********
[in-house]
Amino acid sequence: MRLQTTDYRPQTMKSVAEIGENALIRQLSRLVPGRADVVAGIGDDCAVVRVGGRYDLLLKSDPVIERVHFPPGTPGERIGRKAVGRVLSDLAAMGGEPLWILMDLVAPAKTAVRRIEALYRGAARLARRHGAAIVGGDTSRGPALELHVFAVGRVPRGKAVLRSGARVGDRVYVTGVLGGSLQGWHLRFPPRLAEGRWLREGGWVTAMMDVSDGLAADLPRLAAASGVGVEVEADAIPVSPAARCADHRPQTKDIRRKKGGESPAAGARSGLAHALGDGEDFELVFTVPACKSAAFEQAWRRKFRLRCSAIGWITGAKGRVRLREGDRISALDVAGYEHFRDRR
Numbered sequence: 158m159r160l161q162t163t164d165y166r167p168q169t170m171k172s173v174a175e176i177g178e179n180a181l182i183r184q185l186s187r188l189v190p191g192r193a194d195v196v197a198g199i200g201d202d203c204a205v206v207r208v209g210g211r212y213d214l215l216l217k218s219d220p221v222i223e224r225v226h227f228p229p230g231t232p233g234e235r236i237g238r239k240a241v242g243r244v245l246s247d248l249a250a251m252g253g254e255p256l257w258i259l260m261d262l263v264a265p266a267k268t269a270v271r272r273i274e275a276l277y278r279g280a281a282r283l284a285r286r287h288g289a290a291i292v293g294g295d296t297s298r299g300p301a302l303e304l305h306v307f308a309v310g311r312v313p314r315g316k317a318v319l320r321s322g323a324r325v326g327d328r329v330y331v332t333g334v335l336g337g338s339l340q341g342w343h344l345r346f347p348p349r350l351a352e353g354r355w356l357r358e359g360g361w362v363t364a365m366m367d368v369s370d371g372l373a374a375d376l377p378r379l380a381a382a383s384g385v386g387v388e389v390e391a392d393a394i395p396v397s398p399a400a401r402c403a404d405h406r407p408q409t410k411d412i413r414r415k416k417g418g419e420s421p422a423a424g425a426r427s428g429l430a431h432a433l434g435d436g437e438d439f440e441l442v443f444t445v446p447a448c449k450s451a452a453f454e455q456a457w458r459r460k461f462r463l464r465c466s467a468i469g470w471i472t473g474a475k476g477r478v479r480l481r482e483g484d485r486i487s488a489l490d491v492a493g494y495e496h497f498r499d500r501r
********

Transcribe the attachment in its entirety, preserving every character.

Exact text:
[in-house]
Amino acid sequence: MRLQTTDYRPQTMKSVAEIGENALIRQLSRLVPGRADVVAGIGDDCAVVRVGGRYDLLLKSDPVIERVHFPPGTPGERIGRKAVGRVLSDLAAMGGEPLWILMDLVAPAKTAVRRIEALYRGAARLARRHGAAIVGGDTSRGPALELHVFAVGRVPRGKAVLRSGARVGDRVYVTGVLGGSLQGWHLRFPPRLAEGRWLREGGWVTAMMDVSDGLAADLPRLAAASGVGVEVEADAIPVSPAARCADHRPQTKDIRRKKGGESPAAGARSGLAHALGDGEDFELVFTVPACKSAAFEQAWRRKFRLRCSAIGWITGAKGRVRLREGDRISALDVAGYEHFRDRR
Numbered sequence: 158m159r160l161q162t163t164d165y166r167p168q169t170m171k172s173v174a175e176i177g178e179n180a181l182i183r184q185l186s187r188l189v190p191g192r193a194d195v196v197a198g199i200g201d202d203c204a205v206v207r208v209g210g211r212y213d214l215l216l217k218s219d220p221v222i223e224r225v226h227f228p229p230g231t232p233g234e235r236i237g238r239k240a241v242g243r244v245l246s247d248l249a250a251m252g253g254e255p256l257w258i259l260m261d262l263v264a265p266a267k268t269a270v271r272r273i274e275a276l277y278r279g280a281a282r283l284a285r286r287h288g289a290a291i292v293g294g295d296t297s298r299g300p301a302l303e304l305h306v307f308a309v310g311r312v313p314r315g316k317a318v319l320r321s322g323a324r325v326g327d328r329v330y331v332t333g334v335l336g337g338s339l340q341g342w343h344l345r346f347p348p349r350l351a352e353g354r355w356l357r358e359g360g361w362v363t364a365m366m367d368v369s370d371g372l373a374a375d376l377p378r379l380a381a382a383s384g385v386g387v388e389v390e391a392d393a394i395p396v397s398p399a400a401r402c403a404d405h406r407p408q409t410k411d412i413r414r415k416k417g418g419e420s421p422a423a424g425a426r427s428g429l430a431h432a433l434g435d436g437e438d439f440e441l442v443f444t445v446p447a448c449k450s451a452a453f454e455q456a457w458r459r460k461f462r463l464r465c466s467a468i469g470w471i472t473g474a475k476g477r478v479r480l481r482e483g484d485r486i487s488a489l490d491v492a493g494y495e496h497f498r499d500r501r